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Debra Sullivan

Debra Sullivan is the Membership coordinator for the Spokane PFLAG chapter. Formerly known as Parents, Families and Friends of Lesbians and Gays, PFLAG is the United States' largest organization for parents, families, friends, and allies united with people who are lesbian, gay, bisexual, transgender, and queer.  She joined PFLAG after her sister was beat up for being gay. PFLAG works to educate the parents and the community to help make the world more peaceful for LGBTQ and others.

Interview by Emily Wilson, May 2015

For me, I have always had a utopian view of peace. Where we have a whole world where people are equal and get along. I think a lot of my view of peace has to do with equality. Everyone should be represented in government. This peace starts individually with each one of us being peaceful ourselves and not being hot headed. I’ve done a lot to deal with anger, I hardly feel anger anymore and when I do I put it on myself because it has to do with me. The only thing I can really change and know that it will stay changed is my attitude. About peace on a relationship level, I learned that there are really good people wherever I go. I always met nice people when I traveled as a child to Germany and neighboring countries. To me peace is a state of mind or a state of being. Like I said it starts with yourself, then you can share it with your friends and family, your community, your country, your world. I’ve read things by Dalai Lama and Gandhi and what most of them have in common is that they say that only peace will bring peace.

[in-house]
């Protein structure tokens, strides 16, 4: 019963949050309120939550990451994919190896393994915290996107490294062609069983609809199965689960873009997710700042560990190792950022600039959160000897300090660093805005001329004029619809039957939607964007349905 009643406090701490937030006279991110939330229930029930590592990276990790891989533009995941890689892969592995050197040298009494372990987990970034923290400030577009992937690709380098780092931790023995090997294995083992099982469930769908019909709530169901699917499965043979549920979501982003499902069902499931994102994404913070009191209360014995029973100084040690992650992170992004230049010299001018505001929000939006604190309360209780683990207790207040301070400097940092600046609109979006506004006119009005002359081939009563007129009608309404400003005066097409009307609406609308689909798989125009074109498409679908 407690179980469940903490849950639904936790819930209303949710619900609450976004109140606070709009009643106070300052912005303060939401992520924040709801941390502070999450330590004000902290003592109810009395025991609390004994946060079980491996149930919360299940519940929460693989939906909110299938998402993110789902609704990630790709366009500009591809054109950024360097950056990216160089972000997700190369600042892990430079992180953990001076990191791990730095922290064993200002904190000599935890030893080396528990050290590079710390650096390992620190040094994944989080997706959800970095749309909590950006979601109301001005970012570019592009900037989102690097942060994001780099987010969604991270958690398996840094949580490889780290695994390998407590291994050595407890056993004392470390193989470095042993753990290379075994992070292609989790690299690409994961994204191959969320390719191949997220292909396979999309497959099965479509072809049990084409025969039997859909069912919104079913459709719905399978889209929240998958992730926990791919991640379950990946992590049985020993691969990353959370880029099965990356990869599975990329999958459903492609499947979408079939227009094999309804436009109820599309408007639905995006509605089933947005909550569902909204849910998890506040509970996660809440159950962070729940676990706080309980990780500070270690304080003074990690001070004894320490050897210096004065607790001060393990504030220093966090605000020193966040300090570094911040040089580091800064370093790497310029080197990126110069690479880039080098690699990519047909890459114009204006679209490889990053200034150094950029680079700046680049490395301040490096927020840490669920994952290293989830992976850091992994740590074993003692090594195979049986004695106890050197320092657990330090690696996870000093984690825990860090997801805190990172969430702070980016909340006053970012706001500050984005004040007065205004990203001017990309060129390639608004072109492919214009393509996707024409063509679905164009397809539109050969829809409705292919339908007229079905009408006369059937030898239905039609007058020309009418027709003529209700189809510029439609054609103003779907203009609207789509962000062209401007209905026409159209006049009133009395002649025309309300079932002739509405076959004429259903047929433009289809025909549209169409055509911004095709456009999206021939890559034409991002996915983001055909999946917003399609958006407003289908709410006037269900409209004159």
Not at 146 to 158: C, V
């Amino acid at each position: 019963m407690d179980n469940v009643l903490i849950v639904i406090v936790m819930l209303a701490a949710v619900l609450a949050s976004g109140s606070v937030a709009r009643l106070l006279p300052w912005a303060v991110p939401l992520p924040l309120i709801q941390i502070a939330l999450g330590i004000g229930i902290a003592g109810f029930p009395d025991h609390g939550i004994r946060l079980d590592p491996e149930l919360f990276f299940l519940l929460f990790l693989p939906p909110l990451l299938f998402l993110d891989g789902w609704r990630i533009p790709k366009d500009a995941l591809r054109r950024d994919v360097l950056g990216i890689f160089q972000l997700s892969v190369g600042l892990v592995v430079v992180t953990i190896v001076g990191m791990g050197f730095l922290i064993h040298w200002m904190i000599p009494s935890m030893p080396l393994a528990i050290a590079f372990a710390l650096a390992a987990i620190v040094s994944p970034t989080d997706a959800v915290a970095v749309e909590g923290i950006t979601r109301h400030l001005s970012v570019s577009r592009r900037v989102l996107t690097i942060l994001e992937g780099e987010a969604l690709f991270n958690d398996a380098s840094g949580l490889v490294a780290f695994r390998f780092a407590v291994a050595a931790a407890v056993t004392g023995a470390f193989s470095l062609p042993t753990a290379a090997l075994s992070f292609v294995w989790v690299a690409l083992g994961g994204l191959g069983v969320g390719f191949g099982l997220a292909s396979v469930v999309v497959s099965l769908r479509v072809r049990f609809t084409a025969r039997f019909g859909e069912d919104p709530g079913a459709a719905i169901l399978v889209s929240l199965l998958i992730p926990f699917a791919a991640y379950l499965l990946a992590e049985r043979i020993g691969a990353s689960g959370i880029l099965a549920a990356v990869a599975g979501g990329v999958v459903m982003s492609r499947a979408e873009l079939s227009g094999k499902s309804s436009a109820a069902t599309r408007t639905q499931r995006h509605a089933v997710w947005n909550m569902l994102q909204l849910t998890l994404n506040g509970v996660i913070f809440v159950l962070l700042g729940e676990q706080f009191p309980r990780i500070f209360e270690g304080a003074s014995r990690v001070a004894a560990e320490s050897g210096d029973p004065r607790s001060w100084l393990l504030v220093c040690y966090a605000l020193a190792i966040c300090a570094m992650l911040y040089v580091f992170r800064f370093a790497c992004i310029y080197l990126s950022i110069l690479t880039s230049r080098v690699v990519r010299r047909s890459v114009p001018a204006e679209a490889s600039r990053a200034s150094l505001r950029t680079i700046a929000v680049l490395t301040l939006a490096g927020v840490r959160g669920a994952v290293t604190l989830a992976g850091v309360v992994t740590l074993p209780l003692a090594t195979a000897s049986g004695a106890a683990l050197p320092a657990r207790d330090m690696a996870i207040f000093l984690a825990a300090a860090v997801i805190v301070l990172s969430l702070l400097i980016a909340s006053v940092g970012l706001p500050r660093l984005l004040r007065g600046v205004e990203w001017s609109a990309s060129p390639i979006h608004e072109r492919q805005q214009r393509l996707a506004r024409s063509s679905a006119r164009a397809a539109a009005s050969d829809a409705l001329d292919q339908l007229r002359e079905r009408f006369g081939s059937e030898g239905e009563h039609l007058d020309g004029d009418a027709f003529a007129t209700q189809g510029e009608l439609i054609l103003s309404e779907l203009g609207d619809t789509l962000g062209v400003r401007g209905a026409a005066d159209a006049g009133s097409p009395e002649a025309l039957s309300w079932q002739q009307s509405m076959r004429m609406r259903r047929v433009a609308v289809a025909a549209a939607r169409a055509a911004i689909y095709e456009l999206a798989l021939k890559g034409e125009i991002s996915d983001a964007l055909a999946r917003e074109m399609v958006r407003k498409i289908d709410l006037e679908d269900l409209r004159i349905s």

What we can do to better promote peace is to educate people. In the LGBTQ community it is almost always a lack of education that brings violence, bias and prejudice. People just don’t understand that LGBTQ people are people too. It seems like such a simple thing to see LGBTQ as humans when they’re sitting right in front of you, but it’s not. We have to help them see the humanity in the people right in front of them. For peace to be more prominent in the world there needs to be equal rights for everyone. There is a lot of self-violence in that community that we are hoping our acceptance and our love will stop that. A lot of LGBTQ people don’t love themselves, so that is where we have to start. A lot of it has to do with acceptance; being loved for who they are, not in spite of who they are. First we have to get the LGBTQ community to accept themselves and second the outside community; it is a two-fold process. As the secretary of an HIV/AIDS organization we took a panel of speakers to schools to talk about AIDS; they would also tell their story and then they let the students ask questions, so they understood that it could happen to anybody even them.

            Some things that PFLAG does to promote peace, which I think is applicable to anyone is to focus on community. We went door to door to bring the community together to help pass the marriage equality law in Washington. On a worldwide basis for PFLAG, we have regional meetings where we talk about the best ways to incorporate everyone in the community and we talk about how to better promote our goals of equality and acceptance in the community. We like to go to all of the community days like “pig out in the park”, where we set up a booth with our educational materials and we also have games for children that came by to play. We just want to put a face on our organization so people in the community know that we are just like them and they can come talk to us. We just want them to feel comfortable.

            Peace studies students can study forms of non-violent protest and the writings of the Dalai Lama and Gandhi to learn more about peace. I belong to a metaphysical church with different kinds of running energy called your chi and I think that got me to inner peace faster than anything else. I find it helps me stay centered and grounded and when things come around I’m not so quick to react I take it all in and think about it first. Peace starts with yourself, then you can work on others.